Early Participatory Intervention for Catastrophe
by Kat Haynes, Ilan Kelman, and Tom Mitchell
This webpage is updated from:
Haynes, K. I. Kelman, and T. Mitchell. 2005. "Early Participatory Intervention for Catastrophe to Reduce Island Vulnerability (EPIC)". International Journal of Island Affairs, vol. 14, no. 2, pp. 56-59, full text (711 kb in PDF).
Haynes, K. I. Kelman, and T. Mitchell. 2006. "Early Participatory Intervention for Catastrophe to Reduce Island Vulnerability". Poster in Symposium V "Risk Management" at Cities on Volcanoes 4, Quito, Ecuador, 23-27 January 2006, abstract (9 kb in PDF).
DEPICT: Deployable EPIC Team.
Hot Volcano, Cold Stars: Soufrière Hills, Montserrat.
Disasters in small communities and isolated locations, such as islands, can have devastating impact. The small size and isolation of these communities creates a situation where a relatively small hazard event can threaten an entire nation or culture, as seen from the impact of volcanic eruptions and hurricanes in Montserrat and Tristan da Cunha. In many instances, for example volcanism on Montserrat and Ascension Island, generations of inhabitants might have had little or no experience of certain hazards before they cause major disruption while the local authorities might have a low level of preparedness. Building resilience against and reducing vulnerability to extreme events which have never been experienced is especially challenging.
During a rapid-onset catastrophe, specialists from overseas are often drafted in to the disaster location and hastily initiate a top-down approach to the risk awareness campaign, with little cross-discipline collaboration. These campaigns tend to be of limited success due to conflict between (a) the outsiders’ strategies and interests and (b) the local community’s perspectives and decision makers. Little consideration is given to the distinct worldviews of the population at risk, potentially resulting in a negative cycle of distrust and disbelief along with the development of misconceptions. Once initiated, such as situation is difficult to redress.
This proposal hypothesises that the combination of ‘early intervention’ with a ‘participatory approach’ would best reduce island vulnerability to both catastrophic and chronic disasters. The combination could be termed EPIC: Early Participatory Intervention for Catastrophe. EPIC should ideally occur long before a hazard threatens, but would also be essential when a crisis manifests and in the immediate and long-term aftermaths of extreme events.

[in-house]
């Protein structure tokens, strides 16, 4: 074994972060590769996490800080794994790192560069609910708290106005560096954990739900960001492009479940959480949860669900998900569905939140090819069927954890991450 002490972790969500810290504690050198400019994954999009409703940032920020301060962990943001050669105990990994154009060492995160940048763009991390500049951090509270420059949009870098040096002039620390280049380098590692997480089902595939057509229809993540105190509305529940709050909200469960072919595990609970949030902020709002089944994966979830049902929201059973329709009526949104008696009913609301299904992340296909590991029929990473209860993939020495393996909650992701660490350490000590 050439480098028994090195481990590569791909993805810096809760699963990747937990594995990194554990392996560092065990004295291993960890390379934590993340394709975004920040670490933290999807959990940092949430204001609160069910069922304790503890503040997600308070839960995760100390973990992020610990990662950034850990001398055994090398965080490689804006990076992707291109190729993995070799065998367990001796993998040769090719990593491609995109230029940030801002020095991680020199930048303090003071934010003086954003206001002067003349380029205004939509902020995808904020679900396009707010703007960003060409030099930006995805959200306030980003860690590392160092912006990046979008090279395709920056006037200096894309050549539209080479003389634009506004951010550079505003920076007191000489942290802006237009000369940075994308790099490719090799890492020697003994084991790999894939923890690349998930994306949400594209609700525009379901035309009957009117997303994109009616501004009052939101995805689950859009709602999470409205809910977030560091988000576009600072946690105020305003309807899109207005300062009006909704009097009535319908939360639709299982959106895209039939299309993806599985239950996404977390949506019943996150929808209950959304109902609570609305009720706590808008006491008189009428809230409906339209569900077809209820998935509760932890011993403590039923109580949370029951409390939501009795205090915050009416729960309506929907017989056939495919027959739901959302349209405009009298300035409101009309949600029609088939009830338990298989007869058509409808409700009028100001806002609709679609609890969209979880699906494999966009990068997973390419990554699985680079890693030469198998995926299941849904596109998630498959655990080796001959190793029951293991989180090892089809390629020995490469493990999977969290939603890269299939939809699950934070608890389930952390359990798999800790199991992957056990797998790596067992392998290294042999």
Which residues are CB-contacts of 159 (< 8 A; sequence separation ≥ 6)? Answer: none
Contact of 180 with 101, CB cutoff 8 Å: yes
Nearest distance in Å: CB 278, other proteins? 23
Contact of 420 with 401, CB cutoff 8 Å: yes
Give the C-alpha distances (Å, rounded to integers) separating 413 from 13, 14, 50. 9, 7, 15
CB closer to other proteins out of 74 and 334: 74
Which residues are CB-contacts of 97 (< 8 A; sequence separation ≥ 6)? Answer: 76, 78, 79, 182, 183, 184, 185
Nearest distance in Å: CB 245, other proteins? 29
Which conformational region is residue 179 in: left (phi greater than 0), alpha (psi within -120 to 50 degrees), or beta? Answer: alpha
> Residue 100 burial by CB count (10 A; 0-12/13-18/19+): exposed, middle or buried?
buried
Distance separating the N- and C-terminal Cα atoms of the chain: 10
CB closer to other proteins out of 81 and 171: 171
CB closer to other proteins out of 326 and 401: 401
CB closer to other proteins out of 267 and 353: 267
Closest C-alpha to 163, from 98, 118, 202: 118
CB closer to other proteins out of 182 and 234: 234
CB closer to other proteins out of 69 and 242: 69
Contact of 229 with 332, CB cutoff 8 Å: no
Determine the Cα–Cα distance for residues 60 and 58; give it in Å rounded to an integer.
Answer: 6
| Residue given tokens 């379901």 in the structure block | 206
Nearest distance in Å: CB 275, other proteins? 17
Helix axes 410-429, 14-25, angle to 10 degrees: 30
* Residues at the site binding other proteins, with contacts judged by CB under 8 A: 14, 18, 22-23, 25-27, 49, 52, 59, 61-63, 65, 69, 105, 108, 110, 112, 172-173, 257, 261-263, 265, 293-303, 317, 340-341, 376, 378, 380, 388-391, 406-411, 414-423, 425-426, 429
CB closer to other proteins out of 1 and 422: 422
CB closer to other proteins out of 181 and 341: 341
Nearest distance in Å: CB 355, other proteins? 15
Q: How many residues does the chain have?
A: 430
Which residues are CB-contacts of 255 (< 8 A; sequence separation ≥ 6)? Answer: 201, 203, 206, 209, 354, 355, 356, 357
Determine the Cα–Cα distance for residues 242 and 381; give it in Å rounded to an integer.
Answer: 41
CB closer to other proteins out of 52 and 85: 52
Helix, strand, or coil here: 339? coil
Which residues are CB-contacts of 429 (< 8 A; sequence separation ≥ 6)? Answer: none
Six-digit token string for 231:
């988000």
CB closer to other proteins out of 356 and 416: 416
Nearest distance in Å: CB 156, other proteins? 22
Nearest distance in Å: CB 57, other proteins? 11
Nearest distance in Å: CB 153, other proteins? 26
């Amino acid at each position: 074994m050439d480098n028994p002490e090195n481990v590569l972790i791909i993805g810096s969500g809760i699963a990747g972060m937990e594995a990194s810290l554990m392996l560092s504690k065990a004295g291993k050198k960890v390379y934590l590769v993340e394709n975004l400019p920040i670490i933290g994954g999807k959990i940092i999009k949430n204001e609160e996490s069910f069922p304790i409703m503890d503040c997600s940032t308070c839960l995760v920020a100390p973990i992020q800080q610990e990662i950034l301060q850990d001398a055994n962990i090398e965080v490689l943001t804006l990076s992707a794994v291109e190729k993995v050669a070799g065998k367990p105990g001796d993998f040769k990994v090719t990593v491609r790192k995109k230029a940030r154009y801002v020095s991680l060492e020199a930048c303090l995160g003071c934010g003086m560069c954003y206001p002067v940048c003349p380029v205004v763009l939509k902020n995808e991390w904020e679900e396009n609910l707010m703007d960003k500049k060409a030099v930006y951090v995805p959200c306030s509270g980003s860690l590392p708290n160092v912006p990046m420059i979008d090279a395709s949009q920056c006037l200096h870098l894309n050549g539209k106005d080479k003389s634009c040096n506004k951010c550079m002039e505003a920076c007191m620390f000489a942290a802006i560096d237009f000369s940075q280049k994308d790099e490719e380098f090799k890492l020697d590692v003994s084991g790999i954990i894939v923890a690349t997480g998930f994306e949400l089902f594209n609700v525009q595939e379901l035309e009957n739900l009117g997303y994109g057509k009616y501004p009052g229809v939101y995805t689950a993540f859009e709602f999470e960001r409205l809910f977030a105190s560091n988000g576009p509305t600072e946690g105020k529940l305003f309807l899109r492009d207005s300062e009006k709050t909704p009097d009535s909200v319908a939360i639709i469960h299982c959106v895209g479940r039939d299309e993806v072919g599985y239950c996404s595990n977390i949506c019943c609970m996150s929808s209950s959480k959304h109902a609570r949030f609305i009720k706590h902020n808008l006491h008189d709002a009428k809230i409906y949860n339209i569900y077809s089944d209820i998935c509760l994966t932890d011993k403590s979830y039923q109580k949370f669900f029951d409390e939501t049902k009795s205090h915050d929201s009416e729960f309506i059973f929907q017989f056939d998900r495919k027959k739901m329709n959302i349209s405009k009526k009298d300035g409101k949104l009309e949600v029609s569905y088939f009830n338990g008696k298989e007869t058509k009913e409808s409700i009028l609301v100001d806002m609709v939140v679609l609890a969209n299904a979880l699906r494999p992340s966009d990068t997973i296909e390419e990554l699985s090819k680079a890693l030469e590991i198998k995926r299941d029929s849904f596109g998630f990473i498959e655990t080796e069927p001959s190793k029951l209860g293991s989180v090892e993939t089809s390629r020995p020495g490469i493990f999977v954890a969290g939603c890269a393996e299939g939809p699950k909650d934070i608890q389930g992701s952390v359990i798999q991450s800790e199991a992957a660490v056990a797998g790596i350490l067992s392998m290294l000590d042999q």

Generally sudden-onset, high-impact events which manifest over a relatively short time scale (although exceptions exist). Examples are aeroplane crashes, blizzards, chemical explosions, earthquakes, hurricanes, terrorist bombs, tornadoes, and volcanic eruptions.
Generally slow-onset, high-impact events which manifest and perpetuate over a relatively long time scale (although exceptions exist). Most such problems are associated with underdevelopment, violate basic human rights, and preclude sustainability and long-term health for that society. Examples are domestic violence, inequality, poor education or poor access to education, inappropriate waste management, poor water quality and access, and poverty.
Proactive engagement by an interdisciplinary team of researchers and practitioners with vulnerable communities before a crisis event occurs. The purposes are to sensitise the researchers to the cultural values of the population, to increase risk awareness, and to set the stage for appropriate vulnerability reduction measures.
Researchers and practitioners working co-operatively with community members to understand and resolve community problems, to empower community members, and to democratise research and application. The ultimate aim should be a balance of local knowledge with the wider perspective of the outside team. The process should be an exchange, rather than one side dominating.
Rodney Bay, St. Lucia:
Interviewing (a Chat) on Montserrat:
Past island case studies which used the EPIC approach or aspects thereof need to be researched. Some possibilities for success or part-success stories:
A contrast would be needed with island examples where significant elements of EPIC were absent producing serious consequences. Some examples:
Other incidents are more challenging to categorise. For example:
Some case studies displayed self-help (or self-sustainability) which would be useful to contrast with EPIC:
Once EPIC has been more comprehensively developed, test cases would be needed because empirical evidence would illustrate the aspects of EPIC to emphasise for ensuring success and sustainability. Sensitivity would be needed in field testing because mistakes could cause severe problems for the community and the outside world. At all stages, the community’s needs and long-term sustainability and development processes would need to be factored in to EPIC activities; however, these activities should be part of EPIC’s core anyway.
For EPIC field testing, case studies with relatively high vulnerabilities and relatively little prior investigation are:
Roadside Food Seller (Tongatapu, Tonga): Needed in a DEPICT?
The summary of issues to overcome to make EPIC work is:
Isolation and small size breed vulnerabilities but also provide rewards for those communities. The key challenge is to reap the rewards without letting the vulnerabilities be detrimental. Early intervention and participatory approaches can assist, not only for catastrophe prevention and response, but also for the longer-term development activities necessary for creating and maintaining sustainable communities.
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